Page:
Marisa Peñaloza is a senior producer on the National Desk. From breaking news to documentary-style features, Peñaloza's productions are among the signature pieces heard on NPR's award-winning newsmagazines Morning Edition, All Things Considered and Weekend Edition.
Her work has covered a wide array of topics, from hurricanes, education, immigration, politics and the economy to homeland security and litigation. She has also produced investigative reports and traveled across the U.S. and the world for NPR.
Although Peñaloza's permanent assignment is on the National Desk, she occasionally travels overseas on assignment. She traveled to Haiti soon after the 2010 earthquake hit and she's gone back several times to follow the humanitarian organizations working on the island nation. She's covered education in Peru and a dengue outbreak in El Salvador, the Madrid train bombings in Spain as well as the Tsunami in Banda Aceh, Indonesia.
In 2011, she traveled to Honduras to cover the sock industry as part of a two-part series on globalization and to El Salvador to produce a series of stories on immigration. Her past productions include coverage of the Elian Gonzalez custody battle from Miami, protests outside the Navy site on the Island of Viequez, in Puerto Rico, the aftermath of the crash of the American Airlines flight 587 in New York. She contributed to NPR's 9/11 coverage. Peñaloza was one of the first NPR staff members to arrive on the Virginia Tech campus to cover the shootings in 2007. She was on assignment in Houston waiting for hurricane Ike to make landfall in September 2008, and she continues to produce coverage of New Orleans recovery after Katrina.
An award-winning journalist, Peñaloza was honored with the 2011 National Headliner Award in investigative reporting and the Grand Award for a series of stories looking at the role of confidential informants - people who pose as criminals so they can provide information to federal law enforcement; except sometimes, these informants are criminals themselves.
In 2009, Peñaloza was honored with several awards for contribution to "Dirty Money," an enterprising four-part series of stories that examined law enforcement's pursuit of suspected drug money, which they can confiscate without filing charges against the person carrying it. Local police and sheriffs get to keep a portion of the cash. The awards for "Dirty Money" include the Society of Professional Journalists' Sigma Delta Chi Award in the investigative reporting category; the Scripps Howard Foundation's National Journalism Foundation Award; and the RTNDA Edward R. Murrow Award in the "best website" category.
In 2008, Peñaloza was honored by the Education Writers Association with its "National Award for Education Reporting" for a year-long NPR on-air and online series following a Baltimore-area high school's efforts to improve student achievement. She won the Nancy Dickerson Whitehead Award for Excellence in Reporting on Drug and Alcohol Problems in 2007, for a five-part series of stories that examined this country's gains and losses since the war on drugs was launched more than thirty years ago, "The Forgotten Drug Wars." She is the recipient of the 2005 unity award for producing Debbie Elliott's Brown vs Board of Education piece, "Before Desegregation: The Education Migration."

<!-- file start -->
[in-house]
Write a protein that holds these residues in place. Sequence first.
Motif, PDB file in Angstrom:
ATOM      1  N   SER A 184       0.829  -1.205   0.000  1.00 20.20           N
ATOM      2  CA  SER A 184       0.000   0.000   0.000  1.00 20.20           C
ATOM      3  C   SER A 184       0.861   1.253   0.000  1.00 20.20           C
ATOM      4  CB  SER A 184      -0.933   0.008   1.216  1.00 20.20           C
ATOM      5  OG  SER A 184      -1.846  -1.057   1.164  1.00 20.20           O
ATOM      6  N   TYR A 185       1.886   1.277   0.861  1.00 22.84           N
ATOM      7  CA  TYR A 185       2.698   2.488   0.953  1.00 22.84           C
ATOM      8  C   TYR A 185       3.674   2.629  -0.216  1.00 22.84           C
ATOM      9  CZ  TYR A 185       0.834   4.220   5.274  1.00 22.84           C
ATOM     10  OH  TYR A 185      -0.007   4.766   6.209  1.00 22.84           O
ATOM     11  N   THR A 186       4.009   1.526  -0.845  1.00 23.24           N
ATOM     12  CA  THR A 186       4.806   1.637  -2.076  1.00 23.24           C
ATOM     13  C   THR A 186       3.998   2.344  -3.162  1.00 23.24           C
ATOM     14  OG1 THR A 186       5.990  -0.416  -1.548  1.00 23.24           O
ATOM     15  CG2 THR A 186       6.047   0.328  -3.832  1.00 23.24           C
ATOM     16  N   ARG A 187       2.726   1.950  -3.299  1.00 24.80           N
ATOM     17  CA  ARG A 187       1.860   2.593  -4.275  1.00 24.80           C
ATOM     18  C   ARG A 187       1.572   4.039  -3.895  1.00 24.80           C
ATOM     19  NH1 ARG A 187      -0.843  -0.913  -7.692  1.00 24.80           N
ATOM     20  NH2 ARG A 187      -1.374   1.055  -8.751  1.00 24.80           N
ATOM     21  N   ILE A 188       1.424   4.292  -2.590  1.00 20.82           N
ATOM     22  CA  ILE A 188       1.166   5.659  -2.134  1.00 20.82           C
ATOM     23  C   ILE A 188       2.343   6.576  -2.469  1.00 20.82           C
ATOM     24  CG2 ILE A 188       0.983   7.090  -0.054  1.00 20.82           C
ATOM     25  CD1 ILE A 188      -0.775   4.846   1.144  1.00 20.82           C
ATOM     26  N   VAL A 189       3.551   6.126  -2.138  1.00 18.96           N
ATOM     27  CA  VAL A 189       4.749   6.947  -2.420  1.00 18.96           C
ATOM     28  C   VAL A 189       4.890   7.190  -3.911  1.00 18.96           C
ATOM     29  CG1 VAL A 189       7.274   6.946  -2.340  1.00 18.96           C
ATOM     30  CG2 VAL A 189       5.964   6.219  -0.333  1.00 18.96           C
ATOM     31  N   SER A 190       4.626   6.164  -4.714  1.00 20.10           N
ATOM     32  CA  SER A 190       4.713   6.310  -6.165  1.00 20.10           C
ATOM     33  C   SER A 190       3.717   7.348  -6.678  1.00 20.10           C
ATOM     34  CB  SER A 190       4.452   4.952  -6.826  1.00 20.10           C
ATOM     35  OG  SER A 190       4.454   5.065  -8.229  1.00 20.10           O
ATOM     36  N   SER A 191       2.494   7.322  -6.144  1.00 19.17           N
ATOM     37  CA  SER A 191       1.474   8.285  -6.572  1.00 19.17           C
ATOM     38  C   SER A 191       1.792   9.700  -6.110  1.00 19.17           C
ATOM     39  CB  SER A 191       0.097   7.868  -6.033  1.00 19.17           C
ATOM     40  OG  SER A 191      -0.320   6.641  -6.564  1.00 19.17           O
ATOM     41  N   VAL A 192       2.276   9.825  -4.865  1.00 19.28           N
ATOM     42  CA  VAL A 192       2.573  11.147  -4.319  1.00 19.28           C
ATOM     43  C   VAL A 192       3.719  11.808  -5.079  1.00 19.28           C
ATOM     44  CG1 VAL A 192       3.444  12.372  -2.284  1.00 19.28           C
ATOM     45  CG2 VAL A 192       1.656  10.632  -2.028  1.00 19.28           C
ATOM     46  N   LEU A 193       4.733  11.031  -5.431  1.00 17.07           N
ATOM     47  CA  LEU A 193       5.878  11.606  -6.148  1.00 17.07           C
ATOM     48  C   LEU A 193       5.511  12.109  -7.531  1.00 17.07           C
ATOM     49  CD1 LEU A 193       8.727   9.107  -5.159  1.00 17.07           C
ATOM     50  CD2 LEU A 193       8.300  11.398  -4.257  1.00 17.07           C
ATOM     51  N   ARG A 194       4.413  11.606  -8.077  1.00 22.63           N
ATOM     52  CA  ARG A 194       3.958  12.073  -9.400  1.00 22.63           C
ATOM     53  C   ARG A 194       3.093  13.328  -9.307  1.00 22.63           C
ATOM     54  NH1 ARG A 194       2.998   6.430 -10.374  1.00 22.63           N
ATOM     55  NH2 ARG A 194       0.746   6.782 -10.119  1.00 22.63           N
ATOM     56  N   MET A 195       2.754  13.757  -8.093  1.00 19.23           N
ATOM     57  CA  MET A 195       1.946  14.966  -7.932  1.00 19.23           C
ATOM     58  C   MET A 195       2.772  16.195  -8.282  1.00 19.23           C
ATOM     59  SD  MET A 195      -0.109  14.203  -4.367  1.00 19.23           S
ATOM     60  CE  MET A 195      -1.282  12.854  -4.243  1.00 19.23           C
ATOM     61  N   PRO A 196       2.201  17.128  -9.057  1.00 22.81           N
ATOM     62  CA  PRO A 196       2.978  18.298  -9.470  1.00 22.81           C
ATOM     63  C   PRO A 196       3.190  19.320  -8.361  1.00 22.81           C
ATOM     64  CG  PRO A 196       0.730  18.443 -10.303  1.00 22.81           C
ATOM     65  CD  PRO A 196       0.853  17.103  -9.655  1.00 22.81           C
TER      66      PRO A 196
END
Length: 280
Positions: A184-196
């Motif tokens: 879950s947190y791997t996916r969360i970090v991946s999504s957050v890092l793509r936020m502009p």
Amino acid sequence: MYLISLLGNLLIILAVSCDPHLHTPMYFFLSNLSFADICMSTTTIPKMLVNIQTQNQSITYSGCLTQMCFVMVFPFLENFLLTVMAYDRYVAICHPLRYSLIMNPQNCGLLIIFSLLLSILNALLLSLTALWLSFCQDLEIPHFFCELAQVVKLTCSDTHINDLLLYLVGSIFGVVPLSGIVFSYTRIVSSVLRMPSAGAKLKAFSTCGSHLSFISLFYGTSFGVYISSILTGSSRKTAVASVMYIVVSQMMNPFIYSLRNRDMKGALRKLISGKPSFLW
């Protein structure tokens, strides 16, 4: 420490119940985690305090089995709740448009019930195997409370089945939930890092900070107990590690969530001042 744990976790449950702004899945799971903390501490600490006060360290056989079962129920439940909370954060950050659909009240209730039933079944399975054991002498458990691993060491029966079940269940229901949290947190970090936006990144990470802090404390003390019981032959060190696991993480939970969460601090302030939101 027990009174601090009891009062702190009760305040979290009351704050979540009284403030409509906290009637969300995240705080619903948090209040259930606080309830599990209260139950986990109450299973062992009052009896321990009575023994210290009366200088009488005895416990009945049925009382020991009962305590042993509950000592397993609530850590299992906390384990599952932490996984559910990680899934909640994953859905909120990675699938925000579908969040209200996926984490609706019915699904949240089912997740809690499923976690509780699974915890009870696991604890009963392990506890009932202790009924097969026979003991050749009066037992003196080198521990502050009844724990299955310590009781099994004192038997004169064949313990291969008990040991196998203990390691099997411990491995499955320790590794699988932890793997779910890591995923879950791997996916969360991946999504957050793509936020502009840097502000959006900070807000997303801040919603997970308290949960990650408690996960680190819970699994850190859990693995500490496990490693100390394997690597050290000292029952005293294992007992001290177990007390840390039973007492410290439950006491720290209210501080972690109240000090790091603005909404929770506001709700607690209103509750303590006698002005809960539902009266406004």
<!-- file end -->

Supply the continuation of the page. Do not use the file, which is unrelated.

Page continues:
In 2003, Peñaloza produced a two-part story entitled "Corruption at the Gates." NPR correspondent John Burnett and Peñaloza discovered that some U.S. border officials are on the take, illegally passing drugs and immigrants into the country in return for bribes. The reports won them a National Headliner Award in the investigative reporting category.
In 2001, "Globalization and the Return of Dengue" won Peñaloza the Pan American Health Organization's Award for Excellence in International Health Reporting. The story was part of a series of stories for NPR and American Radio Works on globalization and disease.
Peñaloza made the leap from television to radio in 1997, when she joined NPR's National Desk. Before coming to NPR she was a staff at the local NBC station and a freelance writer for the Fox affiliate in Washington, DC.
Peñaloza graduated from the George Washington University in Washington, DC, with bachelor's degrees in Broadcast Media and Political Science.
Prerna is a food photographer and blogger. She spent most of her childhood in a few small towns in central India – a time she fondly remembers for Rotis straight off the clay oven and mom’s cooking with produce plucked right from the farms. She went to business school in India to get an MBA and worked in the advertising industry for a few years. Then she met this guy who she now calls her husband, married him and moved to the US five years back. Later came this angel in their lives who has been keeping them on their toes ever since! But when she’s not running behind her then you’ll find her cooking in a tiny kitchen of her small apartment in Charlotte. “Three things made me this awesome cook (sarcasm!) that I am today” she says… “circumstances, no help and hunger!! But whatever I do in the kitchen today is because of the two moms in my life – my mom and my husband’s mom”. She loves traveling, exploring new cuisines and then trying them in her kitchen to later share them with the world. These days she’s having fun writing her blog Indian Simmer, where she is able to combine two of her biggest passions – food and photography.